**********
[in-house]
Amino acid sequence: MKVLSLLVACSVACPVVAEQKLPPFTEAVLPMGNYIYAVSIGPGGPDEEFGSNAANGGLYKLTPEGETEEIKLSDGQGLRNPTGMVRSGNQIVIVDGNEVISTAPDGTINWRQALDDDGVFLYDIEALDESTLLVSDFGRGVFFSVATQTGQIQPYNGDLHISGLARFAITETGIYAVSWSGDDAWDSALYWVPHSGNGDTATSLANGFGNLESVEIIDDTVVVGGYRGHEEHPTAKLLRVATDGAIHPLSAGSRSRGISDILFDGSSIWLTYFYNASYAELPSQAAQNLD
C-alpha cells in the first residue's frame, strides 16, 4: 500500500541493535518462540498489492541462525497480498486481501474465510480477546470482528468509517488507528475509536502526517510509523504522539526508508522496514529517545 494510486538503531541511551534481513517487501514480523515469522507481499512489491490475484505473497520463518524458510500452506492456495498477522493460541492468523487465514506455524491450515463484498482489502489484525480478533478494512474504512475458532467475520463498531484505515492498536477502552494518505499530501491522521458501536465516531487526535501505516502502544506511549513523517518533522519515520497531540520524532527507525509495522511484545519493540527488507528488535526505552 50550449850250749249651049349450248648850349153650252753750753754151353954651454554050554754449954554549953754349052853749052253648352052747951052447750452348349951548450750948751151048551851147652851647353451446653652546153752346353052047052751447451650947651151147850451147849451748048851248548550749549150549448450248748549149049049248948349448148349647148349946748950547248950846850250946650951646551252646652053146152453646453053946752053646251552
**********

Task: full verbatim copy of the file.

[in-house]
Amino acid sequence: MKVLSLLVACSVACPVVAEQKLPPFTEAVLPMGNYIYAVSIGPGGPDEEFGSNAANGGLYKLTPEGETEEIKLSDGQGLRNPTGMVRSGNQIVIVDGNEVISTAPDGTINWRQALDDDGVFLYDIEALDESTLLVSDFGRGVFFSVATQTGQIQPYNGDLHISGLARFAITETGIYAVSWSGDDAWDSALYWVPHSGNGDTATSLANGFGNLESVEIIDDTVVVGGYRGHEEHPTAKLLRVATDGAIHPLSAGSRSRGISDILFDGSSIWLTYFYNASYAELPSQAAQNLD
C-alpha cells in the first residue's frame, strides 16, 4: 500500500541493535518462540498489492541462525497480498486481501474465510480477546470482528468509517488507528475509536502526517510509523504522539526508508522496514529517545 494510486538503531541511551534481513517487501514480523515469522507481499512489491490475484505473497520463518524458510500452506492456495498477522493460541492468523487465514506455524491450515463484498482489502489484525480478533478494512474504512475458532467475520463498531484505515492498536477502552494518505499530501491522521458501536465516531487526535501505516502502544506511549513523517518533522519515520497531540520524532527507525509495522511484545519493540527488507528488535526505552 50550449850250749249651049349450248648850349153650252753750753754151353954651454554050554754449954554549953754349052853749052253648352052747951052447750452348349951548450750948751151048551851147652851647353451446653652546153752346353052047052751447451650947651151147850451147849451748048851248548550749549150549448450248748549149049049248948349448148349647148349946748950547248950846850250946650951646551252646652053146152453646453053946752053646251552